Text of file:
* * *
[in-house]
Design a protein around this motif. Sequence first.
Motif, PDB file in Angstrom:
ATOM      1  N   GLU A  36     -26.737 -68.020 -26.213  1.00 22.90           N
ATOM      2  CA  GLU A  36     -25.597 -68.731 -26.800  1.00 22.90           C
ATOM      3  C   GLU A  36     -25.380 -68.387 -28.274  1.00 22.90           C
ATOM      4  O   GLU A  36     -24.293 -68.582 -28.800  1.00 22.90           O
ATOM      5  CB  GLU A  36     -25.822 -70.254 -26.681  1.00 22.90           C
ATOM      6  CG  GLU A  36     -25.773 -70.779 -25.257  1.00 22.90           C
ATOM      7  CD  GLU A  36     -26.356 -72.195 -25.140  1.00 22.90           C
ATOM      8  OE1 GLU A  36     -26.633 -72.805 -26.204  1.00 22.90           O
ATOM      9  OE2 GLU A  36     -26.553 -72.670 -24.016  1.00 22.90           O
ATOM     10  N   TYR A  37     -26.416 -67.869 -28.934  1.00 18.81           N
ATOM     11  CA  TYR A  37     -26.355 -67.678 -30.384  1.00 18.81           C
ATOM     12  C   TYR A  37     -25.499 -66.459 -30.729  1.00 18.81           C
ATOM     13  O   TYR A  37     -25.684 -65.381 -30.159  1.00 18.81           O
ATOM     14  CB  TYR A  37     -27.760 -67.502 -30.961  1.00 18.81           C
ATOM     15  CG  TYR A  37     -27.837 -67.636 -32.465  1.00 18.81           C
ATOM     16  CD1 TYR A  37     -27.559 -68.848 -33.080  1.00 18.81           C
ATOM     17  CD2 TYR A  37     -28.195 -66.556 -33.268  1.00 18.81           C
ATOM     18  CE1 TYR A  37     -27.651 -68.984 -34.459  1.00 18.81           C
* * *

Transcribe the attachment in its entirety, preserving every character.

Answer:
[in-house]
Design a protein around this motif. Sequence first.
Motif, PDB file in Angstrom:
ATOM      1  N   GLU A  36     -26.737 -68.020 -26.213  1.00 22.90           N
ATOM      2  CA  GLU A  36     -25.597 -68.731 -26.800  1.00 22.90           C
ATOM      3  C   GLU A  36     -25.380 -68.387 -28.274  1.00 22.90           C
ATOM      4  O   GLU A  36     -24.293 -68.582 -28.800  1.00 22.90           O
ATOM      5  CB  GLU A  36     -25.822 -70.254 -26.681  1.00 22.90           C
ATOM      6  CG  GLU A  36     -25.773 -70.779 -25.257  1.00 22.90           C
ATOM      7  CD  GLU A  36     -26.356 -72.195 -25.140  1.00 22.90           C
ATOM      8  OE1 GLU A  36     -26.633 -72.805 -26.204  1.00 22.90           O
ATOM      9  OE2 GLU A  36     -26.553 -72.670 -24.016  1.00 22.90           O
ATOM     10  N   TYR A  37     -26.416 -67.869 -28.934  1.00 18.81           N
ATOM     11  CA  TYR A  37     -26.355 -67.678 -30.384  1.00 18.81           C
ATOM     12  C   TYR A  37     -25.499 -66.459 -30.729  1.00 18.81           C
ATOM     13  O   TYR A  37     -25.684 -65.381 -30.159  1.00 18.81           O
ATOM     14  CB  TYR A  37     -27.760 -67.502 -30.961  1.00 18.81           C
ATOM     15  CG  TYR A  37     -27.837 -67.636 -32.465  1.00 18.81           C
ATOM     16  CD1 TYR A  37     -27.559 -68.848 -33.080  1.00 18.81           C
ATOM     17  CD2 TYR A  37     -28.195 -66.556 -33.268  1.00 18.81           C
ATOM     18  CE1 TYR A  37     -27.651 -68.984 -34.459  1.00 18.81           C